Hillbilly Elegy describes a world where about everything that could go wrong, does go wrong. In deep rural areas all around the South and Rustbelt Midwest heroin, meth and prescription drug abuse are rampant. Unwed mothers are common place. Welfare and food stamps sustain a lot of people. But what is most troubling, and if I am honest infuriating, is the fatalism so many people exhibit. Nothing is their fault, everything bad is being done to them rather than being the consequences of their own poor decisions. Boys grow up sneering at academic achievement. Girls seem drawn to absolute losers who knock them up and then move on to the next girl. A lot of people I grew up with mocked blacks for being dependent on the government, being lazy "welfare queens" while living in pretty much the same manner. Vance spins a compelling story that is hard to put down. Living in a home where books were always at hand, where classical music often was playing, where as a family we would watch The McLaughlin Group together for fun this world was completely foreign to me as much as the world portrayed in movies like Boyz n The Hood talked about a foreign world to me. The world J.D. describes is a bad situation and it is getting worse.

So what is the solution? What is perhaps most troubling is that there isn't one. The "War On Poverty", the bottomless pit of "education" spending, a myriad of social safety nets, all of these programs so beloved in Washington have cost us untold tens of trillions of dollars and it can be argued have made things worse. Vance closes out his tale with this:

"I don't know what the answer is, precisely, but I know it starts when we stop blaming Obama or Bush or faceless companies and ask ourselves what we can do to make things better." pg. 256

The hard truth that people in permanent underclasses need to realize is that at some point it is up to each individual community to make things better. People in Washington and New York and Boston can't really fix a problem that they don't understand and trillions of dollars in spending has proven that. It is up to the hillbillies to say enough is enough, enough with the refusal to work to support a family, enough with the constant turmoil and violence in families, enough with the dependency on government and drugs. It doesn't make for a storybook ending but it is the truth and in these times the hard truth is far more valuable than the comfortable lie. I can say without reserve that Hillbilly Elegy is one of the most compelling and most important books to have hit the scene for many years.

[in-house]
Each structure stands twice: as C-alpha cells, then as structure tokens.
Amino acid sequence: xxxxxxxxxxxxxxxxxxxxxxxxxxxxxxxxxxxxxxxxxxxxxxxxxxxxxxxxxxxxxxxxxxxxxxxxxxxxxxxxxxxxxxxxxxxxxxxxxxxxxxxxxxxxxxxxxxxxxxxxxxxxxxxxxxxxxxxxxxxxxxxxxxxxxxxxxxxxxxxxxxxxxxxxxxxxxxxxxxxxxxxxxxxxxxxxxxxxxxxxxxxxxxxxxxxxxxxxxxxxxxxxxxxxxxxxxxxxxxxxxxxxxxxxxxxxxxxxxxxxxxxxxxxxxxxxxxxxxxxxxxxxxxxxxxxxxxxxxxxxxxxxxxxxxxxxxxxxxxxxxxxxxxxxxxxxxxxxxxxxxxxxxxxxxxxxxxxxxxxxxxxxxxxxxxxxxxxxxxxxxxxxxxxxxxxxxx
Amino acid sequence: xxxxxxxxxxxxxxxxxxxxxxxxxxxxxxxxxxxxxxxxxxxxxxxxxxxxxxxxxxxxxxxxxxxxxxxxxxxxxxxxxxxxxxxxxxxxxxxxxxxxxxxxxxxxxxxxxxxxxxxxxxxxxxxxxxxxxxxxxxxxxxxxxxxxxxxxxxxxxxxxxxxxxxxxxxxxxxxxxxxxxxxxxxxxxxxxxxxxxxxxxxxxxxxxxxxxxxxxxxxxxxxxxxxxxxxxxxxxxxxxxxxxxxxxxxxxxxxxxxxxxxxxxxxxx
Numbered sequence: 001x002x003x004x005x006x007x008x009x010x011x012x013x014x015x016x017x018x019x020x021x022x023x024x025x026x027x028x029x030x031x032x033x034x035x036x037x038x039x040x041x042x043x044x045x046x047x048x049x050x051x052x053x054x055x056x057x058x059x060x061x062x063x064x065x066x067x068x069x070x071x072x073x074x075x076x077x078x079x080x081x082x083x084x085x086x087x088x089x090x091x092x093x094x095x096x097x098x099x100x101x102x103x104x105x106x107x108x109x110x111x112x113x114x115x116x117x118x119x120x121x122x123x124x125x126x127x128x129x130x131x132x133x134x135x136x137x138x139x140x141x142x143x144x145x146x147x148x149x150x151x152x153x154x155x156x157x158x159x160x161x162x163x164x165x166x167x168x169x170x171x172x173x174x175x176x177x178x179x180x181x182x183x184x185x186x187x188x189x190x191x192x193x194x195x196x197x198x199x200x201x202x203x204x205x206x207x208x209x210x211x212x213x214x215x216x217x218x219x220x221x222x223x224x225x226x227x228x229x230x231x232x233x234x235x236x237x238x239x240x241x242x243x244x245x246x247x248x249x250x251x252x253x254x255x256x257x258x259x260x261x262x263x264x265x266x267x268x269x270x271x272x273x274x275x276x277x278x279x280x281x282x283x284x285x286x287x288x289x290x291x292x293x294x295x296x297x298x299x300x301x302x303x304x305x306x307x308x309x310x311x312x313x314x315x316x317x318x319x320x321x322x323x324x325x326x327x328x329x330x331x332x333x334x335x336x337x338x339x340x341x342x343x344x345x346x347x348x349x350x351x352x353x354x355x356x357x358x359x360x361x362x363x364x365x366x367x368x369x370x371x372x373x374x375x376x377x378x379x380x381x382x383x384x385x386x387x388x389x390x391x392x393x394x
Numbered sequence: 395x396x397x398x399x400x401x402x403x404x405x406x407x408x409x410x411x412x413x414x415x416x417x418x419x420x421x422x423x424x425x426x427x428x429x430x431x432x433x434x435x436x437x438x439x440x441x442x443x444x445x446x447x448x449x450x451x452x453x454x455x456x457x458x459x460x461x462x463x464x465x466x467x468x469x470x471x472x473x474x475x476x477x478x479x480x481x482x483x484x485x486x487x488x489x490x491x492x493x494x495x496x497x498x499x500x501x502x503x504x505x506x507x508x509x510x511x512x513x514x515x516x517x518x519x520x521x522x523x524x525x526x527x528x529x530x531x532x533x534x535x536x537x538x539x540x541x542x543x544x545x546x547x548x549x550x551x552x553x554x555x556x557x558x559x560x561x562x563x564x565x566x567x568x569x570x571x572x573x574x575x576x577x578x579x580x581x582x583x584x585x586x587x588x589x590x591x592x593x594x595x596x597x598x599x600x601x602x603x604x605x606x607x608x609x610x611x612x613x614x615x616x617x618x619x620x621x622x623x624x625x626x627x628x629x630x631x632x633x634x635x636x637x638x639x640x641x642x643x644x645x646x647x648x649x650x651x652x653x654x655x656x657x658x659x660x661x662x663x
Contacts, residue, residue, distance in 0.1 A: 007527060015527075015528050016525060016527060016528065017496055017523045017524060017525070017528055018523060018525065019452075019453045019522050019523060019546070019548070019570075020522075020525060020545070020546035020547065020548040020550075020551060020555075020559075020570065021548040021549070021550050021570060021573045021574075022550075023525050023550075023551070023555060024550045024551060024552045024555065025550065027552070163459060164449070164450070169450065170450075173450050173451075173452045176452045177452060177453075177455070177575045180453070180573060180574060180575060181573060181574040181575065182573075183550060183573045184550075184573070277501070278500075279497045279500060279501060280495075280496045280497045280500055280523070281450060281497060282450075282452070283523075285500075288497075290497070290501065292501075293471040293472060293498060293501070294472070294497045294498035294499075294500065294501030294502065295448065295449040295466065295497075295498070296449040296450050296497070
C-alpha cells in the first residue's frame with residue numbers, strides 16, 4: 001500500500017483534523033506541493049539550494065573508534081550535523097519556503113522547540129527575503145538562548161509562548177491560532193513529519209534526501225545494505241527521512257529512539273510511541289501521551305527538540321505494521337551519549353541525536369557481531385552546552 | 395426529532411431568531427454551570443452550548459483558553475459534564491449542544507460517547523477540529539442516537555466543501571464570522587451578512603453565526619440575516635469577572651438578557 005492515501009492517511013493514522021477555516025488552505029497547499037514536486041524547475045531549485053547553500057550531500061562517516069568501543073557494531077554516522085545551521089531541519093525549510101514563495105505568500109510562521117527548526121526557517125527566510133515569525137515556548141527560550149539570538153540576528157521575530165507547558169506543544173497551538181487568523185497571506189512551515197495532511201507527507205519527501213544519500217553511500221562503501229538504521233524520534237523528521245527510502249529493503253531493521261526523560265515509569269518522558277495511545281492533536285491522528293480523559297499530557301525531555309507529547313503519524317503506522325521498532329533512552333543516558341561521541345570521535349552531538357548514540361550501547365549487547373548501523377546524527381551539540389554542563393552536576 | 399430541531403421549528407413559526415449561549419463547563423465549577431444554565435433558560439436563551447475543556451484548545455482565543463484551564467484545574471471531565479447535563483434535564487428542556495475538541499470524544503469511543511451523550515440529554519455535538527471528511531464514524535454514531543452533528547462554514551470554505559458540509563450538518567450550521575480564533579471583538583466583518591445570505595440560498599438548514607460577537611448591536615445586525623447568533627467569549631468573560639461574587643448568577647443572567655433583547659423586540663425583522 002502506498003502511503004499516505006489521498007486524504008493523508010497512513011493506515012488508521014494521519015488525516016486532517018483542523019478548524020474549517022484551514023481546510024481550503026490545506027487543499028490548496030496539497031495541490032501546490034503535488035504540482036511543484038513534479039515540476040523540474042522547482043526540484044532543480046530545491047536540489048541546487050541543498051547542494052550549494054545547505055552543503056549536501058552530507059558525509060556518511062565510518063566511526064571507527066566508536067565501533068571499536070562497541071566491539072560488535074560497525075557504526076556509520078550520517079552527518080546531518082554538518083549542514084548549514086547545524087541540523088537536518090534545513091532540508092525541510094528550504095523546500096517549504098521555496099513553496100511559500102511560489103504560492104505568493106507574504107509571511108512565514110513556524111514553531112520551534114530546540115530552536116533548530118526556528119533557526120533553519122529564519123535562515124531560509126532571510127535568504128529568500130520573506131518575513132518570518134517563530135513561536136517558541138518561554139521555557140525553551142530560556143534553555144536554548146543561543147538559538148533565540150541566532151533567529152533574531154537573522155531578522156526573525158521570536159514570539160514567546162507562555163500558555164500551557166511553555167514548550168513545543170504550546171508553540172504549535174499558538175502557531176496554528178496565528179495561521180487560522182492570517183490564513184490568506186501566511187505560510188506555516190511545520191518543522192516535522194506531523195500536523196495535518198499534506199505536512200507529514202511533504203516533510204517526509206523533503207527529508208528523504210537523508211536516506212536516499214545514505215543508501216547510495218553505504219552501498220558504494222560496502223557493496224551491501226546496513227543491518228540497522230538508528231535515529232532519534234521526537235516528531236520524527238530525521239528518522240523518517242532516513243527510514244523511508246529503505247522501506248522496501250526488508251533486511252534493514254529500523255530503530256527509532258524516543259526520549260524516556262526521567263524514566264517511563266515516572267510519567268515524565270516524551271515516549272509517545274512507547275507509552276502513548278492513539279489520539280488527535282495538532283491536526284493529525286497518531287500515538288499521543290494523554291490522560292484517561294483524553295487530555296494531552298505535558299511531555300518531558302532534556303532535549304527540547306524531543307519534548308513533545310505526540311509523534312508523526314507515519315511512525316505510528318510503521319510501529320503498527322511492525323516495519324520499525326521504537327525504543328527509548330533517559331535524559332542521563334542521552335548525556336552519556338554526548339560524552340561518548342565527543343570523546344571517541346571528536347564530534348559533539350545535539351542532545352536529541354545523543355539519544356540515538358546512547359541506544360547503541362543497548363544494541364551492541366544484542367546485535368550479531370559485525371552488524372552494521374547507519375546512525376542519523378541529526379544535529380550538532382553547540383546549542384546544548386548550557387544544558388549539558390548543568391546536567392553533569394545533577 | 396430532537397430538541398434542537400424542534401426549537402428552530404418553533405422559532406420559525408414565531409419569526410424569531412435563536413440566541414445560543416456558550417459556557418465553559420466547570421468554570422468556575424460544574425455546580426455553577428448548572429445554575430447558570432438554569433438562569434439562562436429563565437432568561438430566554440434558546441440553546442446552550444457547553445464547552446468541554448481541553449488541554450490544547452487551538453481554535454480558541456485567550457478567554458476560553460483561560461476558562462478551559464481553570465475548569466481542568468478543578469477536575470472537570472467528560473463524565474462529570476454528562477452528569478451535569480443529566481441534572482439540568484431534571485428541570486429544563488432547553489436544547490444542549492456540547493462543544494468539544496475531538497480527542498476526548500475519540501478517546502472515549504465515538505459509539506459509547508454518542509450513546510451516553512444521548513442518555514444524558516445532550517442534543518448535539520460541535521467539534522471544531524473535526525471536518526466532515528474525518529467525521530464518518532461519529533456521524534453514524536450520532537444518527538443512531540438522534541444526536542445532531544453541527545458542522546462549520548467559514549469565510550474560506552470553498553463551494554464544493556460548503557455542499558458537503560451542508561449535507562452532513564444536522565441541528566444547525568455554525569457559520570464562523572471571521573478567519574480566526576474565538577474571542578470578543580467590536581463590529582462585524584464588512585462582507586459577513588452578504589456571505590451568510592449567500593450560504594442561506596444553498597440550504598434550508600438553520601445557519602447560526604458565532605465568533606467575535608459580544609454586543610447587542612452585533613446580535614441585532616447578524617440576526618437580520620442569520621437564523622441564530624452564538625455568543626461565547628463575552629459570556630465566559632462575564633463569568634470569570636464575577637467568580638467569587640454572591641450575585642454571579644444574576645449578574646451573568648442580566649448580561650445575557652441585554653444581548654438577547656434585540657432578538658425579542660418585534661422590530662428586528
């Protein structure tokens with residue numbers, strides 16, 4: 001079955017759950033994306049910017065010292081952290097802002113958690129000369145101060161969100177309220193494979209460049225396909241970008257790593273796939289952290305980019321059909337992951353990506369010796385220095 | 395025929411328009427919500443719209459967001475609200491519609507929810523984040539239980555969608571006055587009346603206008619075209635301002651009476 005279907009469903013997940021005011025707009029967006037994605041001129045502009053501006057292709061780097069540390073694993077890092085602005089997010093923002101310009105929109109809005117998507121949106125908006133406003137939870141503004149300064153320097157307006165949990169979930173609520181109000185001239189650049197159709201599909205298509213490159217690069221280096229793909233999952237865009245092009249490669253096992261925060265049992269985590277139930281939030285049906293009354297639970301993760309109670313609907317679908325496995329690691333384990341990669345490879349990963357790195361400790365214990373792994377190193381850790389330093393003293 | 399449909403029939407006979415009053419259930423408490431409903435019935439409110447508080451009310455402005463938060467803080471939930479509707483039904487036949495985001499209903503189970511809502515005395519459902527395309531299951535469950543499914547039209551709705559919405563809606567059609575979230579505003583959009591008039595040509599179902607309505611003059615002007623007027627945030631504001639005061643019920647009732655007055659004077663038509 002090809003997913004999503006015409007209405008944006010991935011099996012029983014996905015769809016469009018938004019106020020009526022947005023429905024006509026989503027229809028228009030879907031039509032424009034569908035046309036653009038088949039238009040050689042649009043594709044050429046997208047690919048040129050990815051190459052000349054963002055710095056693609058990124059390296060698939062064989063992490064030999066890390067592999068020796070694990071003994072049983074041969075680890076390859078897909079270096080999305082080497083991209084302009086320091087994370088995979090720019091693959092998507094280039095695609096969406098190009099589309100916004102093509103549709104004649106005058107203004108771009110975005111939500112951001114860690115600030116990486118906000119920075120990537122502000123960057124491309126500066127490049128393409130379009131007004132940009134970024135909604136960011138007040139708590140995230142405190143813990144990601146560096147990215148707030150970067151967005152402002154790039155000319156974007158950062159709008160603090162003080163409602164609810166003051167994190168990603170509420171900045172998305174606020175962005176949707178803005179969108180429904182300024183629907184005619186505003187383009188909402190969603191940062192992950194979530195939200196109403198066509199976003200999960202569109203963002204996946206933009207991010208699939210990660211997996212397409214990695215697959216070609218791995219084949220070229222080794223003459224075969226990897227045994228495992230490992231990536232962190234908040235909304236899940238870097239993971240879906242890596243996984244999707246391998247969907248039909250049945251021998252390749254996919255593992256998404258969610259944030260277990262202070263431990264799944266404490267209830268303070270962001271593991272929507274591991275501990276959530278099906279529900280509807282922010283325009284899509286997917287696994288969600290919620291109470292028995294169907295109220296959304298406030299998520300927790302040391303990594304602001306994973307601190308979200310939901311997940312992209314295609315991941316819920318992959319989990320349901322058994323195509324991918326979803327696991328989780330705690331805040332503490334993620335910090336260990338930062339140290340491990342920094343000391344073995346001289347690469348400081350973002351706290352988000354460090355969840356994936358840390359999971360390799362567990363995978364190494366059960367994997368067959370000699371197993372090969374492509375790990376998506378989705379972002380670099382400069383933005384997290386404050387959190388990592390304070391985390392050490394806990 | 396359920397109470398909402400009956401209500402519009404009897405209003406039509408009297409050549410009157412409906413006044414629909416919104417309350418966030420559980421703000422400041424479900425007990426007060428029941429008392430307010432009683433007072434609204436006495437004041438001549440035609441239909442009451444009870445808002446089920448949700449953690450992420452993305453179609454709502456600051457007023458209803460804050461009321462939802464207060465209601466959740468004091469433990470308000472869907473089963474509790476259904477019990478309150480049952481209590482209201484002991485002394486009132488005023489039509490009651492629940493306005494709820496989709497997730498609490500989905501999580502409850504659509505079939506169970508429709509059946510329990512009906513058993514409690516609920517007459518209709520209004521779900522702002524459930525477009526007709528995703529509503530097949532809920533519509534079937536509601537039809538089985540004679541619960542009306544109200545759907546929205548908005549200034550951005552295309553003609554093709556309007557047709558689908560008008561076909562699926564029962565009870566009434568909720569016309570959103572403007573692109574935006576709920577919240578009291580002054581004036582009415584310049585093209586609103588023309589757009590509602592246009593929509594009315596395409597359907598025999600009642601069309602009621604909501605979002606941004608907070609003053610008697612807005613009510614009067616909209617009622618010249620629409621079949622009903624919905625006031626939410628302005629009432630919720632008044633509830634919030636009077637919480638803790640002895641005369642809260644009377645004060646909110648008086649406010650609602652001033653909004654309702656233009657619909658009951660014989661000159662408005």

Sunday, August 07, 2016

Against Hessian Pastors.....Repost: Home Cookin'

Hessian mercenaries,
American Revolution Era
There are some posts I have written over the years that I keep being reminded of again and again. That doesn't mean they are particularly well written but rather that the issues that led to me writing them keep cropping up over and over. My post from 2009, Home Cookin', is one such post. My main beef in that post that still troubles me today has to do with the ubiquity of mercenary pastors, men who are largely unknown to their hiring church, often lured away from their current church with the promise of more prestige and more money.

Of all of the negatives that come from a professionalized clergy, few are more damaging than the practice of hiring mercenary pastors who come to a church based on a few interviews and some sermon samples, a pre-packaged, ready to plug in guy who usually doesn't know the city he is moving to or the people he is supposed to be serving as an elder and on the other hand has no real attachments to those people apart from getting a check every week. Sure they often come to love the people they are hired to pastor but it is amazing how often those same pastors feel "called" to go to yet another church that coincidentally offers them more money and prestige. 

During the American Revolution, the British hired mercenaries from Germany to fill out their ranks. These mercenaries, called Hessians, had no stake in the war. It didn't really matter to them if the British prevailed or if the colonials won their independence. They were being paid to fight for one side and that is what they did. I think most of the guys who are these mercenary pastors have a good heart and think they are doing the right thing but our model of professional clergy makes many guys think that is the only way, and ironically the Biblical way, of doing "ministry".